The opinion of the court was delivered by: Frank C. Damrell, Jr. United States District Judge
This matter is before the court on plaintiff J & J Sports Productions, Inc.'s ("plaintiff") motion to appoint a receiver in aid of enforcement of a judgment against defendants Ann Marie Bachman and Geneva Jones, individually and doing business as, The Blue Moon Lounge & Sports Bar (collectively "defendants") pursuant to Federal Rule of Civil Procedure 69(a). Plaintiff obtained a judgment against defendants which defendants have failed to pay. (Pl.'s Mot. to Appoint Receiver ["Pl.'s Mot."], filed Feb. 17, 2011 [Docket # 18-1], at 2.) By this motion, plaintiff requests the court appoint a receiver to take possession of and sell defendants' liquor license bearing number 428624, as the proceeds from the sale would provide for orderly payment of the judgment. (Id.) Defendants did not file a written opposition, or otherwise respond, to plaintiff's motion. For the reasons set forth below,*fn1 plaintiff's motion is GRANTED.
Plaintiff is a closed-circuit distributor of sports and entertainment programming. (Compl., filed May 4, 2009 [Docket # 1], ¶ 6.) Pursuant to a contract, plaintiff acquired exclusive commercial exhibition licensing rights to a televised boxing match entitled "The World Awaits: Oscar De La Hoya v. Floyd Mayweather, Jr., WBC Light Middleweight Championship Fight Program" (the "Program"), which was broadcast via telecast on Saturday, May 5, 2007. (Id. ¶ 10.) Plaintiff entered into sublicensing agreements with various commercial entities, granting limited public exhibition rights to these entities. (Id. ¶ 11.) Transmission of the Program was only available to the commercial entities that had paid plaintiff a commercial sublicense fee to broadcast the program. (Gagliardi Aff., filed Dec. 11, 2009 [Docket # 11], ¶ 3.)
Defendants are alleged to be the owners, operators, or licensees of The Blue Moon Lounge & Sports Bar ("The Blue Moon"). (Compl. ¶¶ 7-8.) Plaintiff's investigator, Jason Garner, observed the Program being unlawfully exhibited by defendants as defendants had not obtained a sublicense from plaintiff.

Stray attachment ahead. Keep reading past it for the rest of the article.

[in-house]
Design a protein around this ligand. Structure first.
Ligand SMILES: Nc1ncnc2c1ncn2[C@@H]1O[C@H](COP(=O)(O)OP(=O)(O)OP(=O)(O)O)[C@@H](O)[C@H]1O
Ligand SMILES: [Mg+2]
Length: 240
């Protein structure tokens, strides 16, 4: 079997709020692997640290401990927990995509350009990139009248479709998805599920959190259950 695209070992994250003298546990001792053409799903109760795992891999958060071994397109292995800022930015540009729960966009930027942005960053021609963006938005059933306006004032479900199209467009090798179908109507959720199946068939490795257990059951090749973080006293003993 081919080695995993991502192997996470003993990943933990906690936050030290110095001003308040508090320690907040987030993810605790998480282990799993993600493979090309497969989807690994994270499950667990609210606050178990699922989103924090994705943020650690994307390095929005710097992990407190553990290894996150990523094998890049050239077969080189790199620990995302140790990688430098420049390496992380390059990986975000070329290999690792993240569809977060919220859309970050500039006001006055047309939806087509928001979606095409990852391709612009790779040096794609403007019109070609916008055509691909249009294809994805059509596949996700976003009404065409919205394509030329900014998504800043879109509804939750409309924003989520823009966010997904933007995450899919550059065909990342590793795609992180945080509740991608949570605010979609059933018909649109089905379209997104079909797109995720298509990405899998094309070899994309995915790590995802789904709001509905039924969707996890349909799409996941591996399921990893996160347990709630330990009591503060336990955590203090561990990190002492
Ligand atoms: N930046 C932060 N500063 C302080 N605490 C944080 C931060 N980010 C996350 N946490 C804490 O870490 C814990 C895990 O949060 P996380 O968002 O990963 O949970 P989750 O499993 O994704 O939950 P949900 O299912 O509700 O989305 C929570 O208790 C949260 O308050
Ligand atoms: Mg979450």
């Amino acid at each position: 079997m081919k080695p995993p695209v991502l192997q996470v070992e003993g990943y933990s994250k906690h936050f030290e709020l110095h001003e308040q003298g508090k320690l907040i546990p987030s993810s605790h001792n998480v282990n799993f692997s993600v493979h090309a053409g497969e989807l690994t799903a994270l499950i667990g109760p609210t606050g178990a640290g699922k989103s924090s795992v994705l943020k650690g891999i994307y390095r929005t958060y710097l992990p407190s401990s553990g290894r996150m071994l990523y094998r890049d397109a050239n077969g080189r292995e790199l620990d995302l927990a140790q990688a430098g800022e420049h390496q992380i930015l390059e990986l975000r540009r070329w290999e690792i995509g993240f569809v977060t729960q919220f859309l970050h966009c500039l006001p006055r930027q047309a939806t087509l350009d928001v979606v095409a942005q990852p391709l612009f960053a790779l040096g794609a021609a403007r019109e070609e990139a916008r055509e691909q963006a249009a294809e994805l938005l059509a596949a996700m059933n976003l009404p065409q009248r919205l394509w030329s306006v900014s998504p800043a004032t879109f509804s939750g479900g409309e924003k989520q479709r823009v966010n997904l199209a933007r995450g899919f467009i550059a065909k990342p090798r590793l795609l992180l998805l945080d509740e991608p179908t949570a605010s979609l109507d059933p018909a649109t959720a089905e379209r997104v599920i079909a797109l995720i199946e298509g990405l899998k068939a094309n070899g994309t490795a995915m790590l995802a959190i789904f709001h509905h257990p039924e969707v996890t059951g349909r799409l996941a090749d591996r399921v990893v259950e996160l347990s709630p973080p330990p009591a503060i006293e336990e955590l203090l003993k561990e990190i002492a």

Based on that conduct, on May 4, 2009, plaintiff filed suit against defendants in this court alleging violations of 47 U.S.C. §§ 605 and 553, conversion, and violation of California Business and Professions Code §§ 17200 et seq. (Compl. ¶¶ 9-27.) Declarations filed with the court demonstrate that plaintiff, through a process server, served defendants Bachman and Jones.*fn2
(See Docket # 5, 6.) On August 11, 2009, the Clerk of the Court entered a default against defendants based on their failure to respond to the complaint. (Docket # 8.) On December 7, 2009, plaintiff filed a motion for default judgment against defendants. (Docket # 10.) On June 16, 2010, this court granted plaintiff's motion entering judgment against defendants and awarding plaintiff statutory damages in the amount of $10,000. (Order re: Pl.'s Mot. for Default J. ["Order"], filed June 16, 2010 [Docket # 15].) Plaintiff brings the instant motion requesting the court appoint a receiver to take possession of and sell defendants' alcoholic beverage license to provide for payment of the judgment. (Pl.'s Mot at 1-2.)
Rule 69(a) of the Federal Rules of Civil Procedure governs the execution of final judgments and states that "a money judgment is enforced by a writ of execution . . . [and] [t]he procedure on execution---and in proceedings supplementary to and in aid of judgment or execution--must accord with the procedure of the state where the court is located, but a federal statute governs to the extent it applies." Fed. R. Civ. P. 69(a)(1). Thus, the court must first determine whether a federal statute applies to an appointment of a receiver in aid of enforcing a judgment.